• "Oh Italy, will you ever stop delivering kick ass metal? Now don’t get me wrong folks, I love the San Francisco Bay Area I’ve called home for the majority of my life, and am very pleased with the area’s contributions to heavy metal, namely the thrash era of the 1980’s, but at the present moment, no country has been consistently delivering like Italy has, especially when it comes to just buckling down and busting out some no holds barred, guitar crunching, drum smashing, vocal chord tearing heavy metal. And when it comes to metal that is blunt and to the point, Astra pretty much nails it on their album Broken Balance.Astra began their journey in Rome in 2001 as a four piece instrumental band, three of which are still in the band today, Andrea Casali (vocals and bass), Silvio D’Onorio De Meo (lead guitar), and Emanuele Casali (keyboard and rhythm guitar), and after a few changes, settled on drummer Filippo Berlini. According to their bio, they cut their chops on Dream Theater covers, and managed to win the first Italian Dream Theater Tribute Contest, leading them to a show with the Wizard Rudess himself for the Italian fan club’s 10 year party. From that point, they followed the tried and true path of releasing albums and touring. In 2005 they released About Me: Through Life and Beyond, and followed that with the 2007 release of From Within. Now, it’s time for that ever crucial third album, so let’s take a look at Broken Balance….Now, unlike a lot of the music I’ve been reviewing in recent days, there is no genre bending, no quirks or hidden aural agendas. From note one of the opening track, Losing Your Ego, Astra makes it crystal clear that they just want to rock the fuck out. The song, and the whole album for that matter, is a catchy riff fest with a strong hard rock/metal vibe. It’s the type of music that would have taken a very high place in the annals of late eighties metal, with the searing high vocals of Casali, the constant double bass of Berlini, and the relentless guitar riffs and solos. They do mix it up a bit, throwing in a few time changes here and there, some subdued moments, and a growl or two, just to add some flare and color to the overall product. Hole in the Silence picks up right where the opener drops off, without skipping a step. The third track, Sunrise to Sunset, has a slightly balladesque touch to it, with a soaring and catchy chorus that really showcases the vocals of Casali. Buried in the midst of the soaring vocal work is a brilliant instrumental section and a jaw dropping solo. It’s surely my favorite on the album, a song that will be listened to many times, me singing at the top of my severely under qualified lungs.From there they go right back to the metal. Song after song they are relentless, one of those albums that screams “LIVE SHOW PLEASE!!!!!!”.  Too Late has yet another catchy chorus, something of a standard throughout the album actually. The title track, Broken Balance, opens with a sultry tone, something else they are rather adept at, and delivers a fairly complex song afterwards, teasing at exploding out multiple times before restraining themselves, working the listener into a furious sense of expectation as to what’s going to come about. Then comes the instrumental, where they let loose in a fury of notes scattered around before the guitars take control. Six more tracks follow, delivering a good variety on their version of solid metal. Another ballad comes in the form of Mirror of Your Soul. Risk and Dare is a crushing and rather dark number on an album that is overall fairly uplifting. Three more rockers lead into the closing track, You Make Me Better. This one opens on the heavy notes, and then settles into ballad zone. It’s a love song of course, with all the requisite cheesiness lyrically and the solid climactic moments.Astra gives at the core of this album a polished sound for sure. Though there are very few mistakes on it, they also don’t break down any barriers. It is altogether a good, fun rocking album, the kind that is meant for cranking up and punishing your neck and your neighbors. Their tightness as a band is clear on every song, and the catchiness of the album should ensure a good deal of longevity for yet another addition to the growing pantheon of Italian metal." - Lady Obscure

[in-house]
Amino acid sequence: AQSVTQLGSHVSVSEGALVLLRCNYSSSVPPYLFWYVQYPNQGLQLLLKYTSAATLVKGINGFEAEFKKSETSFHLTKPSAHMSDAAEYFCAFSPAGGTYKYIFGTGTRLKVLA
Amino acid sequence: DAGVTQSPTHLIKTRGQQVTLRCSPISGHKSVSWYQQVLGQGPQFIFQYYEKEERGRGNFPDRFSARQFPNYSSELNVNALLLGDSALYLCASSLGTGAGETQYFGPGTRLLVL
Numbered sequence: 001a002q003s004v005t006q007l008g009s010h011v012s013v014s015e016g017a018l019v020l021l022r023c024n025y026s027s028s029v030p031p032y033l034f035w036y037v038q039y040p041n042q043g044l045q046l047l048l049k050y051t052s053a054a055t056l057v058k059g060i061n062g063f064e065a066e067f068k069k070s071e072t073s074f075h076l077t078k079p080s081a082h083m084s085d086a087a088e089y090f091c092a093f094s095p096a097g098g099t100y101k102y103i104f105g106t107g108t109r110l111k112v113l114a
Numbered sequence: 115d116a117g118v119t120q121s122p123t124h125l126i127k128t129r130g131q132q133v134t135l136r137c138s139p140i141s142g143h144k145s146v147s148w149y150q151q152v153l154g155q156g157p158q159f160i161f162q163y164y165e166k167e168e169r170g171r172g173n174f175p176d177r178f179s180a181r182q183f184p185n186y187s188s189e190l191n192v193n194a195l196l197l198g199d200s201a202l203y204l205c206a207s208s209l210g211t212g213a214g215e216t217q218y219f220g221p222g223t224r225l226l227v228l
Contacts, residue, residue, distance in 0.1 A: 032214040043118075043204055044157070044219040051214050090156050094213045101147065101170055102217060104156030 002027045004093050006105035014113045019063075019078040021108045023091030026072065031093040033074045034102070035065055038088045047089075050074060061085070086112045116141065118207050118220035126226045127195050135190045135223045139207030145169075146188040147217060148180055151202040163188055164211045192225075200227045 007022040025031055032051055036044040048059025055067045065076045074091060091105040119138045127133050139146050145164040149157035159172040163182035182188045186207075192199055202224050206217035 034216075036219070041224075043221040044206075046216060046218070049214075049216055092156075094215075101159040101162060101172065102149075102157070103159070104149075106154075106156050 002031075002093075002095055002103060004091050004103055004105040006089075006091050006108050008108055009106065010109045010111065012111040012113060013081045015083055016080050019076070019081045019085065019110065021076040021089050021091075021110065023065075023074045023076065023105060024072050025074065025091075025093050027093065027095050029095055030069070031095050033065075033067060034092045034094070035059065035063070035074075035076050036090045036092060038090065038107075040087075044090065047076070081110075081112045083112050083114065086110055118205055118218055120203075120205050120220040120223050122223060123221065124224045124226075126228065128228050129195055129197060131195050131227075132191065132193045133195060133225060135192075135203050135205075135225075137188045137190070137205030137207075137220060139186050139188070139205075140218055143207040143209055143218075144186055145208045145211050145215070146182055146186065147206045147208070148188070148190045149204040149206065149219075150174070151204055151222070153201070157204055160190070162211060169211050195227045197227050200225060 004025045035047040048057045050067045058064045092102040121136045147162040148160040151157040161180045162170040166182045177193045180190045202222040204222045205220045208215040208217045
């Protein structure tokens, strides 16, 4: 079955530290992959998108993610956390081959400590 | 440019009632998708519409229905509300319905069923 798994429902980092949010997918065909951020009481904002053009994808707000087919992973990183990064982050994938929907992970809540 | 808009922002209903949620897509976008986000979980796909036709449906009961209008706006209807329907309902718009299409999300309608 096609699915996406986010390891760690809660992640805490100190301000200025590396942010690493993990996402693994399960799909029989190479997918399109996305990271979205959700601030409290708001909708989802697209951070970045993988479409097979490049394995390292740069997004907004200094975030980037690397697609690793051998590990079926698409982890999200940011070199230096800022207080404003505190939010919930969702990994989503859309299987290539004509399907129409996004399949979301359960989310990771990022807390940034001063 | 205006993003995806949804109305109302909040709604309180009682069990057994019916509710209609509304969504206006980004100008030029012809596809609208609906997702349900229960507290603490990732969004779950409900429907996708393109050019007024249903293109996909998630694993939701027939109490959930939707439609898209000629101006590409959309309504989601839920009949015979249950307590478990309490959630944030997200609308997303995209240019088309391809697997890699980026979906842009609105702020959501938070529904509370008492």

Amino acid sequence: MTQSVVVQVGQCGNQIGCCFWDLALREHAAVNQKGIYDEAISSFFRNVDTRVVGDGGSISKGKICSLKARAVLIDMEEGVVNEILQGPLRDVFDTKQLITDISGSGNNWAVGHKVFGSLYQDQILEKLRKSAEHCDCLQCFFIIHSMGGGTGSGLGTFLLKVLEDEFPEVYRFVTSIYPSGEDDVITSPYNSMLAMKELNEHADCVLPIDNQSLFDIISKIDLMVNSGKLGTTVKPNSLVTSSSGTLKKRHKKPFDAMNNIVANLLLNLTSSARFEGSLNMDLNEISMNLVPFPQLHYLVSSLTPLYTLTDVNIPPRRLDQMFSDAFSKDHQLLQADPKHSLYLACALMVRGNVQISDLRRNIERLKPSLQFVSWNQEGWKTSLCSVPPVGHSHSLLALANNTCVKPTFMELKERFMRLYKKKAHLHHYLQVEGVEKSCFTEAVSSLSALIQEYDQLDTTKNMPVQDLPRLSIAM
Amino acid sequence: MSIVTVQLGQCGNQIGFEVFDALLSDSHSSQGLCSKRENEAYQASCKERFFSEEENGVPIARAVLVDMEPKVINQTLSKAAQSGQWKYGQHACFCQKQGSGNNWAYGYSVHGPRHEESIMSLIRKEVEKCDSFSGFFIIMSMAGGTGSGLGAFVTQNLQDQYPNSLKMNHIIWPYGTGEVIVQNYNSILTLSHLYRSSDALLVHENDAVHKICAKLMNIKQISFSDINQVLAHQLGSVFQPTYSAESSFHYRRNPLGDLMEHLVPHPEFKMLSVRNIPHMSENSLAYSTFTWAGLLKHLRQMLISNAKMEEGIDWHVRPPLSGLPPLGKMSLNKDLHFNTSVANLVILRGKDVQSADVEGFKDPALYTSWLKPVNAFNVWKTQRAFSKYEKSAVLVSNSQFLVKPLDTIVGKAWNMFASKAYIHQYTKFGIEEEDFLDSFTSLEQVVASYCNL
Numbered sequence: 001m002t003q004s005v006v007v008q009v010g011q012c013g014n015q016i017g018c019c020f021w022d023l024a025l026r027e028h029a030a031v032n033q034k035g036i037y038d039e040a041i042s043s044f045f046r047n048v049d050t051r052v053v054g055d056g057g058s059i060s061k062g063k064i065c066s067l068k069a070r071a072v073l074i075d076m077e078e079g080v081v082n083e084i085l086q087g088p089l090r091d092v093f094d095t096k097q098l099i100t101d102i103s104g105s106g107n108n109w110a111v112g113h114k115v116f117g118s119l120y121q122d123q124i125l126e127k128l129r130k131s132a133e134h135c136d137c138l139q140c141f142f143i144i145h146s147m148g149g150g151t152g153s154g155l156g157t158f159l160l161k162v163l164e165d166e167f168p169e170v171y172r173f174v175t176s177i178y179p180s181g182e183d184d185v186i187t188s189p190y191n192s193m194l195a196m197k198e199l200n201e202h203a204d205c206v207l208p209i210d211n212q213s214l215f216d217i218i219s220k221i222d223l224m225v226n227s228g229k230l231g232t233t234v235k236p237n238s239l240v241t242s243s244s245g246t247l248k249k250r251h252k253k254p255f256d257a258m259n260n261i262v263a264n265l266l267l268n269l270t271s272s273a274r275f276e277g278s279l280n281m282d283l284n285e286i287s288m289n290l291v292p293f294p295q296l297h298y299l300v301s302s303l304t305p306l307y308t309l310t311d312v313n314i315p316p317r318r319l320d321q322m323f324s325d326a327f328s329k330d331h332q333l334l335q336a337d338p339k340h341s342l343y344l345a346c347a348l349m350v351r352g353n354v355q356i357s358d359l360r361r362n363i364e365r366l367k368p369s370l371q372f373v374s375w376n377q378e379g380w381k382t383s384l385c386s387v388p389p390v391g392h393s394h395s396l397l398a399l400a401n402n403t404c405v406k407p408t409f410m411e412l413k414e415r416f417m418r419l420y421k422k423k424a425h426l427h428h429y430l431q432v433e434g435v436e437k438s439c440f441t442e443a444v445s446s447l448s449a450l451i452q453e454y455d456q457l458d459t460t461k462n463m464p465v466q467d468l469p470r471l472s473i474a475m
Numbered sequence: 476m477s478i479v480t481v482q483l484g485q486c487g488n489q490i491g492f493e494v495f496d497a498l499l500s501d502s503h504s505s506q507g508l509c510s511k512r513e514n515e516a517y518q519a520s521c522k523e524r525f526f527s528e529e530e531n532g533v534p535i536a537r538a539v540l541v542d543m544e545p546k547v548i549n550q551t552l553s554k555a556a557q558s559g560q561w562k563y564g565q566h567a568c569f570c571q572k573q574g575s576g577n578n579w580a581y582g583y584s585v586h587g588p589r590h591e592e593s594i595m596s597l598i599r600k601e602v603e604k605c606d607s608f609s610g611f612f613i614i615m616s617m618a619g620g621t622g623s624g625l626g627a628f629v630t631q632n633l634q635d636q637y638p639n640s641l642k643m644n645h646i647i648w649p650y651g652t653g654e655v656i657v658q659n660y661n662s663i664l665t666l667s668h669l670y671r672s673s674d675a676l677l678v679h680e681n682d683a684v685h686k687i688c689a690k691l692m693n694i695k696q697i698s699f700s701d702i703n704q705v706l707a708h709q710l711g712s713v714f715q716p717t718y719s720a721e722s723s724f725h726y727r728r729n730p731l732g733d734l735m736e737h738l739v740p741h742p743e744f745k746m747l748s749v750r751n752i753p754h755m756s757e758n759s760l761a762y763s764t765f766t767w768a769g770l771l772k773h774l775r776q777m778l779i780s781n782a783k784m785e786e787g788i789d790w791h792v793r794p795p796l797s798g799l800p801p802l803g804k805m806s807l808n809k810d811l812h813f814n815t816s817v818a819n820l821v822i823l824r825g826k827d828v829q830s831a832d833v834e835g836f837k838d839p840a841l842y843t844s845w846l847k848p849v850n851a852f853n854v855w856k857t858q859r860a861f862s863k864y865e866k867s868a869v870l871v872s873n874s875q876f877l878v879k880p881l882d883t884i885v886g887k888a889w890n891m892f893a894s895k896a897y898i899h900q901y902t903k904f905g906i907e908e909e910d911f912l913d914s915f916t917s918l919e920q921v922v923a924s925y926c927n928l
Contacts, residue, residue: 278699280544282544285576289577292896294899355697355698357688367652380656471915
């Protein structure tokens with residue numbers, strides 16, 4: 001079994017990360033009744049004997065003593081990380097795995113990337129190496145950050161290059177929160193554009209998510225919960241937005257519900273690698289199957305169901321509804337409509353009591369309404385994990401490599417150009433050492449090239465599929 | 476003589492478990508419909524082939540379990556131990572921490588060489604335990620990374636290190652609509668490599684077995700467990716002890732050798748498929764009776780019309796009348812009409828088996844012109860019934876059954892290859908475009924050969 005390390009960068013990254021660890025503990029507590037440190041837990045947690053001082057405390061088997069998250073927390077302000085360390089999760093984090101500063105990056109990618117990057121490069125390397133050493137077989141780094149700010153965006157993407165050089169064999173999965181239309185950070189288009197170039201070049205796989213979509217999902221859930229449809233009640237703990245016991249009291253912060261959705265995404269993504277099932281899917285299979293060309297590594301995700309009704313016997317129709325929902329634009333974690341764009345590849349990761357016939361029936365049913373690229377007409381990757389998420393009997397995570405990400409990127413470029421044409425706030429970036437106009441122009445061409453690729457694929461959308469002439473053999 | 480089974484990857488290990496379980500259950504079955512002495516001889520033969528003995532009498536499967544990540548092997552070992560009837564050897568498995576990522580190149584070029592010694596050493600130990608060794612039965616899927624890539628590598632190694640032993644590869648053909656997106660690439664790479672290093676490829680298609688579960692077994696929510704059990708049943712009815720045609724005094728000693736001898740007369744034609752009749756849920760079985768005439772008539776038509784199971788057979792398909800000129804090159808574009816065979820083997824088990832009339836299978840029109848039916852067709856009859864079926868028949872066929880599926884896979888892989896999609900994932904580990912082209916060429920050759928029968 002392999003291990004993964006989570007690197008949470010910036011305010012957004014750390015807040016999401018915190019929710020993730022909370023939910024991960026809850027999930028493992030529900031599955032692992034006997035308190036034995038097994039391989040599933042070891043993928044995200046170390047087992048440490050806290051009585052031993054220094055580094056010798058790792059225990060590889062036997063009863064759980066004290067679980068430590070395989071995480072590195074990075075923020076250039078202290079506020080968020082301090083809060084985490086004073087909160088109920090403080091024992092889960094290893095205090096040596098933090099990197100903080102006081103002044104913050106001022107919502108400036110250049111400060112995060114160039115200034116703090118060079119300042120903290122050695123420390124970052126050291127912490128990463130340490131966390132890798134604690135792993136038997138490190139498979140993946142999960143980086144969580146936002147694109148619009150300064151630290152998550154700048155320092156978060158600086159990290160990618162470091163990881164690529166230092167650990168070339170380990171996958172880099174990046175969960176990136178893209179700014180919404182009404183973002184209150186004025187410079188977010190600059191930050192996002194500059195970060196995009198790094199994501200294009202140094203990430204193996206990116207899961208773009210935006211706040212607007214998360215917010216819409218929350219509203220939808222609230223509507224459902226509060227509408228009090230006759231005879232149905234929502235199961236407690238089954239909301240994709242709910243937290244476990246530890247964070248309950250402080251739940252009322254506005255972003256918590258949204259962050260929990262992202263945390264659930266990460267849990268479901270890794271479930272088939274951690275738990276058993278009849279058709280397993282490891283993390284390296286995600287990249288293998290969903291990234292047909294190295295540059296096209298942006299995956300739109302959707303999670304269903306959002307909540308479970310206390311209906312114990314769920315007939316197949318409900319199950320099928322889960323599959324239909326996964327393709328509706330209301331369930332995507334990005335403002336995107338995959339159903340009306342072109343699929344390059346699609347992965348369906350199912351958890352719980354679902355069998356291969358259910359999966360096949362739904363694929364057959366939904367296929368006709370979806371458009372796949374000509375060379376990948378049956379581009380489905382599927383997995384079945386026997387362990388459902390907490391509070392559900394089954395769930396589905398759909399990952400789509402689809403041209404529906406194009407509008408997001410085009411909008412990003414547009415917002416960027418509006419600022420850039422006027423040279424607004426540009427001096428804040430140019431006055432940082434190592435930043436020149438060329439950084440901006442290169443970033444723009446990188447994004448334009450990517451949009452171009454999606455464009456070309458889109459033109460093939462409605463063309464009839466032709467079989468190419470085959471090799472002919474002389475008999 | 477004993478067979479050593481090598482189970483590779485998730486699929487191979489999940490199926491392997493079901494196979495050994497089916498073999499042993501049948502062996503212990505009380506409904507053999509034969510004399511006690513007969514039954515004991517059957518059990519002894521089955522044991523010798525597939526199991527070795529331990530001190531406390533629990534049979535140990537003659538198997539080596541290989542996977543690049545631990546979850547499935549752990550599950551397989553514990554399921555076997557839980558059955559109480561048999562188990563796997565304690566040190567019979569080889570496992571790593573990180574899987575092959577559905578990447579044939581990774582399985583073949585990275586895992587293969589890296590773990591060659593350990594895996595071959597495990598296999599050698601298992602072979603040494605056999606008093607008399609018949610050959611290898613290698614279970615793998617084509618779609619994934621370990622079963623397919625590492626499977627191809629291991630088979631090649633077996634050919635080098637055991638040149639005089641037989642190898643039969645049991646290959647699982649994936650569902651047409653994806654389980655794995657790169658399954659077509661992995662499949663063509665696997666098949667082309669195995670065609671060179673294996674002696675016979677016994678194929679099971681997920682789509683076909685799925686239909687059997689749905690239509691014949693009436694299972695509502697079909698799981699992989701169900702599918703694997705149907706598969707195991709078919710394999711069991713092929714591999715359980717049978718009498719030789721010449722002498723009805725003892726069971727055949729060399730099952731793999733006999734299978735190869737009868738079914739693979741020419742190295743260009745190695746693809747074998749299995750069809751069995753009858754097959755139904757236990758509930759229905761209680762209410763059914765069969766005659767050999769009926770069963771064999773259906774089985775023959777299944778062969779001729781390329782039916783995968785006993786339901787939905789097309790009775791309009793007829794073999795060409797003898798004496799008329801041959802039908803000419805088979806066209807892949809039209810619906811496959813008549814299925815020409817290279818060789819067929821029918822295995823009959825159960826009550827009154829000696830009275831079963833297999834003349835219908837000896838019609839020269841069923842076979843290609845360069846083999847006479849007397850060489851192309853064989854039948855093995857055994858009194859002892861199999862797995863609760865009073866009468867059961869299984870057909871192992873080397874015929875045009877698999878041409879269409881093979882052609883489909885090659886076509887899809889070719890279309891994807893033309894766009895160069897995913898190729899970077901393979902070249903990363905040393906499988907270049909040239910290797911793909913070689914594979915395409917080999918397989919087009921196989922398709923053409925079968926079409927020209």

$15.00